For the first time, the U.S. Mint is dedicating a series of coins to the accomplishments of women — the nation’s first ladies.
Starting with Martha Washington, all of them are scheduled to be honored on a series of commemorative one-half ounce gold coins that will be companions to a new series of circulating $1 coins that the Mint is producing to honor the presidents.
Mint Director Edmund Moy unveiled the designs on the first four commemorative coins at a ceremony Tuesday at the National First Ladies Library in Canton, Ohio.
“Each coin is a half-ounce of pure gold. You might say they are the presidents’ better half,” Moy said in a statement.
Both the presidential one-dollar coins and the series honoring the first ladies were authorized in 2005 by Congress and will start appearing next year.
The first ladies coins for next year are all coming out in May just before Mother’s Day with the Mint hoping to generate sales of the coins, expected to cost more than $300 each, tied to the special day.
There will be a less expensive bronze medal duplicate of each of the coins in the spouse series offered for a more affordable $3 to $4.
Four new designs for both the $1 coin and the golden first ladies coin will be introduced each year in the order the president served. All presidents and their first ladies will be honored; only those who have been dead for at least two years can appear on a coin.
The designs on the first coins show the first ladies were an energetic group.
Martha Washington is depicted mending a soldier’s uniform while Dolley Madison, wife of James Madison, is shown in front of the famous Gilbert Stuart portrait of Washington that she saved before the British burned the White House in the War of 1812.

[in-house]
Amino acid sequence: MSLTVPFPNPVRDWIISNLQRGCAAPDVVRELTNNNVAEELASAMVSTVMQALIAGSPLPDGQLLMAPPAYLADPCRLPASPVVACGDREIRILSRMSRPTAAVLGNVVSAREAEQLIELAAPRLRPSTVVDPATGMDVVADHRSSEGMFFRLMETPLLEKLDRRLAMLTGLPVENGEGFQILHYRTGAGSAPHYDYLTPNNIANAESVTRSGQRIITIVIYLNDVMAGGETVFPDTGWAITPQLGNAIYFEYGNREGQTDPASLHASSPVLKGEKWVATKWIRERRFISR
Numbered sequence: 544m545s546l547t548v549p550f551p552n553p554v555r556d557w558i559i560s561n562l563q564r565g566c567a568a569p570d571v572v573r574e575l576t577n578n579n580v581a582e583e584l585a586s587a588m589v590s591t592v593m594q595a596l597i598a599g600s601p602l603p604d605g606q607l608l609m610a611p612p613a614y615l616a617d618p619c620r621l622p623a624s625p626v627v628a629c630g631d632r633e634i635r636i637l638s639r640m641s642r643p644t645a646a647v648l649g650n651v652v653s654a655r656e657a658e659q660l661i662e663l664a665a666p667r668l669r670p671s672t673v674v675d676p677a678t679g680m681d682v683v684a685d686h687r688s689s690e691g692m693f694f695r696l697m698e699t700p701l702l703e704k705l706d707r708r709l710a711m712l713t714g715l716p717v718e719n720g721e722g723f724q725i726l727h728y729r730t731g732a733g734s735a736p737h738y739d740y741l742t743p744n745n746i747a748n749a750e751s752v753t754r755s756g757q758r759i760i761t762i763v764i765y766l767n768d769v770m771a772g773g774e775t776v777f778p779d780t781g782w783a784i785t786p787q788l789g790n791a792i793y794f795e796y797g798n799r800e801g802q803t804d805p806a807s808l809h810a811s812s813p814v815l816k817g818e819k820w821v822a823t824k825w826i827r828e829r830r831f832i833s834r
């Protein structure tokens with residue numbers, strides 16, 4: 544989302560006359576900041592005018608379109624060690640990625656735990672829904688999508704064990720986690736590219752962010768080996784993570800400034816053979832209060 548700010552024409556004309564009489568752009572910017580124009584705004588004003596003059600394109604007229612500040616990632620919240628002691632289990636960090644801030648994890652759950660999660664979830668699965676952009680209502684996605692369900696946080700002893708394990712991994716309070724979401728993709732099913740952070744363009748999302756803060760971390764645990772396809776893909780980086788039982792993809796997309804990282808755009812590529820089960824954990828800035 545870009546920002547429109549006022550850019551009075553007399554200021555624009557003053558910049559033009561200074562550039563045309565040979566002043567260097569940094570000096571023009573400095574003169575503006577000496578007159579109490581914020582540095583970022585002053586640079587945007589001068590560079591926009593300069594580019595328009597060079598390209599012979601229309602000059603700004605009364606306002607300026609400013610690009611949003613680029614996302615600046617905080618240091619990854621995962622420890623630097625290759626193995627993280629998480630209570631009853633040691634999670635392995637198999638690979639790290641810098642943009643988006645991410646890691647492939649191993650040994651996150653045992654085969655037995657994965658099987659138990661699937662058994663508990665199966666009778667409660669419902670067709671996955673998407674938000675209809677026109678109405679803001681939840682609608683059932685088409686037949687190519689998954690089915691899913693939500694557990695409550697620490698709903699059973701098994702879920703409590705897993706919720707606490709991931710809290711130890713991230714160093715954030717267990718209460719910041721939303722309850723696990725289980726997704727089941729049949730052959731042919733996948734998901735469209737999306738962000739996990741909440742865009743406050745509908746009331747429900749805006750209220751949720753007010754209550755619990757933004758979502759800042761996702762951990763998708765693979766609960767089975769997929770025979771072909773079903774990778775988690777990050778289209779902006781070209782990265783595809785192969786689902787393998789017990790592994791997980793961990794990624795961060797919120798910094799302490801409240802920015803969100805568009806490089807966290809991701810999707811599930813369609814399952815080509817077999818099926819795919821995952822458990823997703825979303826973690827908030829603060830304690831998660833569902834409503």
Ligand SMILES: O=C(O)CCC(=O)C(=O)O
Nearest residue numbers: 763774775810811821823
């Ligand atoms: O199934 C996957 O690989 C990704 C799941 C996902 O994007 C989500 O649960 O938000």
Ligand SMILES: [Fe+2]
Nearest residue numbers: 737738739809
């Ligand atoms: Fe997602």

Abigail Adams, wife of John Adams, the second president, is shown writing a letter to her husband with the inscription, “Remember the ladies.” That was her request in a letter she wrote to Adams when he was a delegate to the Continental Congress in Philadelphia in 1776.
Thomas Jefferson was one of five presidents who did not have spouses when they served in the White House. Jefferson’s wife had died in 1782 before he became president in 1801.
The gold coin for his administration will feature a symbolic Lady Liberty, an image taken from a half-cent in circulation at the time Jefferson was president. The other side features inscriptions from Jefferson’s grave monument of his significant accomplishments, including writing the Declaration of Independence and founding the University of Virginia.
The Mint is hoping that the $1 presidential coins, which will start coming out in February next year, will prove to be as big a hit with the public as the popular 50-state quarter series.
It will be the third time in recent history that the Mint has tried to introduce a $1 coin. The Susan B. Anthony dollar in 1979 and the Sacagewea in 2000 both proved to be failures.
Information about the new coins, including how they may be purchased, is available at the Mint’s Web site, or by calling 1-800-USA-MINT.